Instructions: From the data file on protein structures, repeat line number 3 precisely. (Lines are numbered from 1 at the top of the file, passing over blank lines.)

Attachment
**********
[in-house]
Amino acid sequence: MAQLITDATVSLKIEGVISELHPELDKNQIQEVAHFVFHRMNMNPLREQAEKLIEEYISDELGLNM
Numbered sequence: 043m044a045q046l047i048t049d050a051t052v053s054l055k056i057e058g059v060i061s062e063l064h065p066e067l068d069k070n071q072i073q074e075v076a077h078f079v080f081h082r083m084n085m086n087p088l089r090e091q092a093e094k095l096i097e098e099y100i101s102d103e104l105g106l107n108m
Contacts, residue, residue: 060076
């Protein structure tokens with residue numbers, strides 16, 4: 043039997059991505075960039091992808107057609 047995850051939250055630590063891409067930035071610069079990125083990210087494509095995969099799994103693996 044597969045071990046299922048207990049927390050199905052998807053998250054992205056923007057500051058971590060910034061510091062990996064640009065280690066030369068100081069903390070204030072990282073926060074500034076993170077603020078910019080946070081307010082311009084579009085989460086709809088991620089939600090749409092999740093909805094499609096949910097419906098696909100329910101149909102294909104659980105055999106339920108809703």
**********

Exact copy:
Numbered sequence: 043m044a045q046l047i048t049d050a051t052v053s054l055k056i057e058g059v060i061s062e063l064h065p066e067l068d069k070n071q072i073q074e075v076a077h078f079v080f081h082r083m084n085m086n087p088l089r090e091q092a093e094k095l096i097e098e099y100i101s102d103e104l105g106l107n108m